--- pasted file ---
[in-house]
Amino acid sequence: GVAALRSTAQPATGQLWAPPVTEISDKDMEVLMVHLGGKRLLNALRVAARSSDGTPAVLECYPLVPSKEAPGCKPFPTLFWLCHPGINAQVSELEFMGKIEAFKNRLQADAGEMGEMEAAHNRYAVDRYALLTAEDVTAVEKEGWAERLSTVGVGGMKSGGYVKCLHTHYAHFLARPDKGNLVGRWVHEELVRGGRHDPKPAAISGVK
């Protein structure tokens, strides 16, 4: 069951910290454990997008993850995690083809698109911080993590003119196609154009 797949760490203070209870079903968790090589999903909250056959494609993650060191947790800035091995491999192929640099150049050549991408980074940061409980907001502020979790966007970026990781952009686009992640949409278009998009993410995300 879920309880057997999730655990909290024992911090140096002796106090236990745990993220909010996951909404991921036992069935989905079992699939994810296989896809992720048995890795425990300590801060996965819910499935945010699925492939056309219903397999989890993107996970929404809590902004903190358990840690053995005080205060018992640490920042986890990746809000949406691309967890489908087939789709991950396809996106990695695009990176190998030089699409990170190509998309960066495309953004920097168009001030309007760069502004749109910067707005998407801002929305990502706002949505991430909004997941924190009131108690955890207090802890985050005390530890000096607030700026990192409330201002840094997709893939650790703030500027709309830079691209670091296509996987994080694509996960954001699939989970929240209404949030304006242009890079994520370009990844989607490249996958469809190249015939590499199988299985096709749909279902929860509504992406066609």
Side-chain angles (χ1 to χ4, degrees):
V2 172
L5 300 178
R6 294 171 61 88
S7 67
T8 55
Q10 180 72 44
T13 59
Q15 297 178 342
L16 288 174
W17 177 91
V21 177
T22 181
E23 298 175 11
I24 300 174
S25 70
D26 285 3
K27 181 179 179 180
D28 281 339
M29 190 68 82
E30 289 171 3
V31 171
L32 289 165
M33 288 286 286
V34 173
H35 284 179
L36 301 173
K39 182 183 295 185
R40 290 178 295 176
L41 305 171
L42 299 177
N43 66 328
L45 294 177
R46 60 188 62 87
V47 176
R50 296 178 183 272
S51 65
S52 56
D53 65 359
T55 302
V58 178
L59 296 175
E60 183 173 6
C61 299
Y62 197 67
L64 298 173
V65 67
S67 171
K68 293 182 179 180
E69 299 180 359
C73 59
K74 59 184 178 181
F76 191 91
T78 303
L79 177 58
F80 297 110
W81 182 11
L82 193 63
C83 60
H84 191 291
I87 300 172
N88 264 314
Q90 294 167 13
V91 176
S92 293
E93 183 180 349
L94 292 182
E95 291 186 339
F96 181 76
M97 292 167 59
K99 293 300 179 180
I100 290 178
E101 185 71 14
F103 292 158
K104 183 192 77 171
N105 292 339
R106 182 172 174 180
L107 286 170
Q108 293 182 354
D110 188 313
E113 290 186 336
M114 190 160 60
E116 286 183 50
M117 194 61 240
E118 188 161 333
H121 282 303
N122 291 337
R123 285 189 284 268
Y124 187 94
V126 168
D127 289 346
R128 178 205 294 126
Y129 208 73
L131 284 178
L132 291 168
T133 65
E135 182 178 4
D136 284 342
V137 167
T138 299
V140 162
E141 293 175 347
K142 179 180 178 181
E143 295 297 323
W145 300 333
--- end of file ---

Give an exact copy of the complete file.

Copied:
[in-house]
Amino acid sequence: GVAALRSTAQPATGQLWAPPVTEISDKDMEVLMVHLGGKRLLNALRVAARSSDGTPAVLECYPLVPSKEAPGCKPFPTLFWLCHPGINAQVSELEFMGKIEAFKNRLQADAGEMGEMEAAHNRYAVDRYALLTAEDVTAVEKEGWAERLSTVGVGGMKSGGYVKCLHTHYAHFLARPDKGNLVGRWVHEELVRGGRHDPKPAAISGVK
């Protein structure tokens, strides 16, 4: 069951910290454990997008993850995690083809698109911080993590003119196609154009 797949760490203070209870079903968790090589999903909250056959494609993650060191947790800035091995491999192929640099150049050549991408980074940061409980907001502020979790966007970026990781952009686009992640949409278009998009993410995300 879920309880057997999730655990909290024992911090140096002796106090236990745990993220909010996951909404991921036992069935989905079992699939994810296989896809992720048995890795425990300590801060996965819910499935945010699925492939056309219903397999989890993107996970929404809590902004903190358990840690053995005080205060018992640490920042986890990746809000949406691309967890489908087939789709991950396809996106990695695009990176190998030089699409990170190509998309960066495309953004920097168009001030309007760069502004749109910067707005998407801002929305990502706002949505991430909004997941924190009131108690955890207090802890985050005390530890000096607030700026990192409330201002840094997709893939650790703030500027709309830079691209670091296509996987994080694509996960954001699939989970929240209404949030304006242009890079994520370009990844989607490249996958469809190249015939590499199988299985096709749909279902929860509504992406066609």
Side-chain angles (χ1 to χ4, degrees):
V2 172
L5 300 178
R6 294 171 61 88
S7 67
T8 55
Q10 180 72 44
T13 59
Q15 297 178 342
L16 288 174
W17 177 91
V21 177
T22 181
E23 298 175 11
I24 300 174
S25 70
D26 285 3
K27 181 179 179 180
D28 281 339
M29 190 68 82
E30 289 171 3
V31 171
L32 289 165
M33 288 286 286
V34 173
H35 284 179
L36 301 173
K39 182 183 295 185
R40 290 178 295 176
L41 305 171
L42 299 177
N43 66 328
L45 294 177
R46 60 188 62 87
V47 176
R50 296 178 183 272
S51 65
S52 56
D53 65 359
T55 302
V58 178
L59 296 175
E60 183 173 6
C61 299
Y62 197 67
L64 298 173
V65 67
S67 171
K68 293 182 179 180
E69 299 180 359
C73 59
K74 59 184 178 181
F76 191 91
T78 303
L79 177 58
F80 297 110
W81 182 11
L82 193 63
C83 60
H84 191 291
I87 300 172
N88 264 314
Q90 294 167 13
V91 176
S92 293
E93 183 180 349
L94 292 182
E95 291 186 339
F96 181 76
M97 292 167 59
K99 293 300 179 180
I100 290 178
E101 185 71 14
F103 292 158
K104 183 192 77 171
N105 292 339
R106 182 172 174 180
L107 286 170
Q108 293 182 354
D110 188 313
E113 290 186 336
M114 190 160 60
E116 286 183 50
M117 194 61 240
E118 188 161 333
H121 282 303
N122 291 337
R123 285 189 284 268
Y124 187 94
V126 168
D127 289 346
R128 178 205 294 126
Y129 208 73
L131 284 178
L132 291 168
T133 65
E135 182 178 4
D136 284 342
V137 167
T138 299
V140 162
E141 293 175 347
K142 179 180 178 181
E143 295 297 323
W145 300 333